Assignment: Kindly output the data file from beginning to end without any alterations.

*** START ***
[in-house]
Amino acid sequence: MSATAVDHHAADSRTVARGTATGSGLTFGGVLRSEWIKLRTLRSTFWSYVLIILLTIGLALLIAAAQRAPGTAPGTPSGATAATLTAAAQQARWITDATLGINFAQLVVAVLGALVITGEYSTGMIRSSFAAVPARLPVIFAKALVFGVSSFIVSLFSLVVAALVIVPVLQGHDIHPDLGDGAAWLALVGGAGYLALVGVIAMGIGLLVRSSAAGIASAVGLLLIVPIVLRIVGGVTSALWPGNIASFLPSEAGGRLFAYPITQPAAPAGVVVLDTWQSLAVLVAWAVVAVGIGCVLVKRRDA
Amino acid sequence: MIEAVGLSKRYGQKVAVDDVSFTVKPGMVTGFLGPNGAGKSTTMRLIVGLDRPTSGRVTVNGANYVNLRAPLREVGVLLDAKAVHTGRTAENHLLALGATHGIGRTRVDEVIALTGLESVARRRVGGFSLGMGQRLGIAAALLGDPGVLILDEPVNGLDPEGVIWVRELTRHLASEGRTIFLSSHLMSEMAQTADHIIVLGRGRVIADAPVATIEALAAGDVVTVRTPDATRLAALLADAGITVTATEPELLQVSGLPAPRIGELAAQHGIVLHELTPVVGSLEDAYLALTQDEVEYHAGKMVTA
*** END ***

[in-house]
Amino acid sequence: MSATAVDHHAADSRTVARGTATGSGLTFGGVLRSEWIKLRTLRSTFWSYVLIILLTIGLALLIAAAQRAPGTAPGTPSGATAATLTAAAQQARWITDATLGINFAQLVVAVLGALVITGEYSTGMIRSSFAAVPARLPVIFAKALVFGVSSFIVSLFSLVVAALVIVPVLQGHDIHPDLGDGAAWLALVGGAGYLALVGVIAMGIGLLVRSSAAGIASAVGLLLIVPIVLRIVGGVTSALWPGNIASFLPSEAGGRLFAYPITQPAAPAGVVVLDTWQSLAVLVAWAVVAVGIGCVLVKRRDA
Amino acid sequence: MIEAVGLSKRYGQKVAVDDVSFTVKPGMVTGFLGPNGAGKSTTMRLIVGLDRPTSGRVTVNGANYVNLRAPLREVGVLLDAKAVHTGRTAENHLLALGATHGIGRTRVDEVIALTGLESVARRRVGGFSLGMGQRLGIAAALLGDPGVLILDEPVNGLDPEGVIWVRELTRHLASEGRTIFLSSHLMSEMAQTADHIIVLGRGRVIADAPVATIEALAAGDVVTVRTPDATRLAALLADAGITVTATEPELLQVSGLPAPRIGELAAQHGIVLHELTPVVGSLEDAYLALTQDEVEYHAGKMVTA